Booklist Review

The poems of Laux's new collection are bound together by images of smoke and fire--tightly, but never so tightly as to seem restrained or constrained. Laux's expansive style opens up each poem, so that we move beyond its situation into a wilder, more extreme place. The most affecting of these remarkable poems are about a lover's death. "Someone I love is dying," one baldly begins, then discloses a world in which "everything is hideously symbolic" at a time when "all I've wanted is the blessing / of inattention . . . To eat a bowl of cereal and not imagine him, / drawn thin and pale, unable to swallow." Such flat-out, searing openness to life is Laux's trademark, and the poems of loss and grief in this book are desperately moving. But Laux does not leave us in a death-shadowed valley, for the final poems here throb with life, love, and, yes, fire. Patricia Monaghan


Publisher's Weekly Review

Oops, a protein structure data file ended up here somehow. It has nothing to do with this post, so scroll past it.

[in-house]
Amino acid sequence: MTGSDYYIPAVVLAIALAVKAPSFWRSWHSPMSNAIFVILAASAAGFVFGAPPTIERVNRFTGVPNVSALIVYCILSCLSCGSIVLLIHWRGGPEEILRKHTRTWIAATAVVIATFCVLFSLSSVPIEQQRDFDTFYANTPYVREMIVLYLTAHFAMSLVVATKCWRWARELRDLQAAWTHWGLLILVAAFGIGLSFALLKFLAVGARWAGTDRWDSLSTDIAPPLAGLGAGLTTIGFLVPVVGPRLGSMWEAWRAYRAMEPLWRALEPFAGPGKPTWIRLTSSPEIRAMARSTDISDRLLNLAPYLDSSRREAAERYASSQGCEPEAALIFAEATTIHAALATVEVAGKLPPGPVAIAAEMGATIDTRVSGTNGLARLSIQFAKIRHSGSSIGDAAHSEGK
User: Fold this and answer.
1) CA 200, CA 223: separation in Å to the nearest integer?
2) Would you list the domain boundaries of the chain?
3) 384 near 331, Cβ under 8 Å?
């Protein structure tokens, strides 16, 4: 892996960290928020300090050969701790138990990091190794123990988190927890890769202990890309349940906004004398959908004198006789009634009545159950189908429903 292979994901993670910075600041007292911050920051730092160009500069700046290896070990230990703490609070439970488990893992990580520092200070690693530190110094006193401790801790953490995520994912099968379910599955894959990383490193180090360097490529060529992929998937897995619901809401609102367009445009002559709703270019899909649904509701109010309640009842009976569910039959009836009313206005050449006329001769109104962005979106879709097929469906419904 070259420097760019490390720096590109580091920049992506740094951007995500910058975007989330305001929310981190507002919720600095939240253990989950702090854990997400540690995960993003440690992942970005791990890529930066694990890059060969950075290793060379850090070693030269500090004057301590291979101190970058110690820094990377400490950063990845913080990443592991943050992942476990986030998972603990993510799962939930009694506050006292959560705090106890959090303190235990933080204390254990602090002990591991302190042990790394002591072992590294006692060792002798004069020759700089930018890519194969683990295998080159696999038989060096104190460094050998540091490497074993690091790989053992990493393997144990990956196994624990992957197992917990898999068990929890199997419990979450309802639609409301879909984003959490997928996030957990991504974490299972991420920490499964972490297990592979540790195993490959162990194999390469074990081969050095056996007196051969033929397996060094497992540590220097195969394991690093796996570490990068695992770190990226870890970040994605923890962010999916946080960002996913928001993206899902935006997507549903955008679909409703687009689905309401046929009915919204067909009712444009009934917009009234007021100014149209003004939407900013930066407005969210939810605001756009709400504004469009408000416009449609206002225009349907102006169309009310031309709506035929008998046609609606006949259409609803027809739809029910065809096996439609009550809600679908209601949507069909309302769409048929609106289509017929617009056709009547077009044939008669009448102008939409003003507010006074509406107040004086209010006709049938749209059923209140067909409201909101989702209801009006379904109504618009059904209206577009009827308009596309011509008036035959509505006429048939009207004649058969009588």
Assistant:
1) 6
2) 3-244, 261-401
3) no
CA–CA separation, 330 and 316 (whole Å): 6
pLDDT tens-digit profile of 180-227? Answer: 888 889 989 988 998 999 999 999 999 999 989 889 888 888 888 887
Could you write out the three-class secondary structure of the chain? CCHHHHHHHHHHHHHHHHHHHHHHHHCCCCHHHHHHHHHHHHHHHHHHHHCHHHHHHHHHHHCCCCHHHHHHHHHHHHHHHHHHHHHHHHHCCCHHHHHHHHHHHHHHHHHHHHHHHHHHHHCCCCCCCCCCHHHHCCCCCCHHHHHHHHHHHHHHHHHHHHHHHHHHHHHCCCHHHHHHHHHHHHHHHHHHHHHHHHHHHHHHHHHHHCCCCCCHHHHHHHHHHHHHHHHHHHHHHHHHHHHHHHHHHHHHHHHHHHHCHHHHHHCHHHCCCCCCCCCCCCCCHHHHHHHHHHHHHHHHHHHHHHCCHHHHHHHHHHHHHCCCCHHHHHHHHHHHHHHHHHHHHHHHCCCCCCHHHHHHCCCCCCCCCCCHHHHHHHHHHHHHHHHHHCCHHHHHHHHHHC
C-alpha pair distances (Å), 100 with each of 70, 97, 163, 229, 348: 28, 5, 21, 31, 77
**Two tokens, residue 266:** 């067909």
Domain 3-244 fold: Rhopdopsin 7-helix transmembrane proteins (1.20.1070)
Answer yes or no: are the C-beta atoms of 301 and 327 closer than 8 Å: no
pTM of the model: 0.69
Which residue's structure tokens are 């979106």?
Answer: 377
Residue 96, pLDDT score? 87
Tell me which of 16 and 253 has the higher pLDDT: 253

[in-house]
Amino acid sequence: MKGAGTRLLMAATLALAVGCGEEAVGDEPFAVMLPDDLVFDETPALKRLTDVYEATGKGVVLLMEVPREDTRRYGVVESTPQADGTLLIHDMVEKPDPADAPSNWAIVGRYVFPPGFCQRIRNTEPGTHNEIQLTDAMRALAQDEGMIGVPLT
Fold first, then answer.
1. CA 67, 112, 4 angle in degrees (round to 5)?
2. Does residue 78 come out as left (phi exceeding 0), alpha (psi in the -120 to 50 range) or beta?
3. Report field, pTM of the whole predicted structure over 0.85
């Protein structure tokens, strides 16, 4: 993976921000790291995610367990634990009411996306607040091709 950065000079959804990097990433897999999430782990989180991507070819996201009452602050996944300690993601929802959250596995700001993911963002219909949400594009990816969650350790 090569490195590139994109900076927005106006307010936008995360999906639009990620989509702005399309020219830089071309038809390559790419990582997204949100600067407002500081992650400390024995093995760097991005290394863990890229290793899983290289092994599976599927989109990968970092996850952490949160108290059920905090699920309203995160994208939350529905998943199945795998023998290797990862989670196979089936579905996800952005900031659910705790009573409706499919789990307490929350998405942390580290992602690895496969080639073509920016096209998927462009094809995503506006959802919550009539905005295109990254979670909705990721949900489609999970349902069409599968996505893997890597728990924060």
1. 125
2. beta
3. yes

It is not surprising that each of Laux's and Addonizio's third collections of poems are being published in close proximity by the same house. In 1997 the pair coauthored The Poet's Companion: A Guide to the Pleasures of Writing Poetry (Norton); both have published two previous collections with BOA; both use candid and unsentimental personal history as a prime subject matter; and both have stronger work in earlier collections. Many of Addonizio's (Jimmy & Rita) straight-talk poems in Tell Me, dedicated to Laux, depict honest characters who are in the destructive, but often unrevealing, clutches of hard-drinking, doomed relationships, and all manner of problems that subsequently arise. Some of the poems raise the question of what happens when you risk emotional honesty and it doesn't work: in "The Divorcee and Gin," she writes, "God, I love/ what you do to me at night when we're alone,/ how you wait for me to take you into me/ until I'm so confused with you I can't/ stand up anymore." The situations are often compelling, and the performancelike language lends them an air of melodrama that many be intentional, but they don't really rise above the status of well-lineated memoir. The largely domestic and narrative poems of Laux's Smoke shift between internal and external landscapes in a manner that at moments recalls early Richard Hugo: "Somewhere/ a Dumpster is ratcheted open by the claws/ of a black machine. All down the block/ something inside you opens and shuts." Her strongest work here achieves a solid music by using direct address in poems such as "Books" and "The Shipfitter's Wife." Yet the plainspoken approach, aiming at understatement, often specifies too little, letting emotional nuance go unarticulated. While both poets may work in parallel registers, the effect of each is distinct. Unfortunately, many poems in both books do not quite locate the seemingly powerful places that generate the work. (Oct.) (c) Copyright PWxyz, LLC. All rights reserved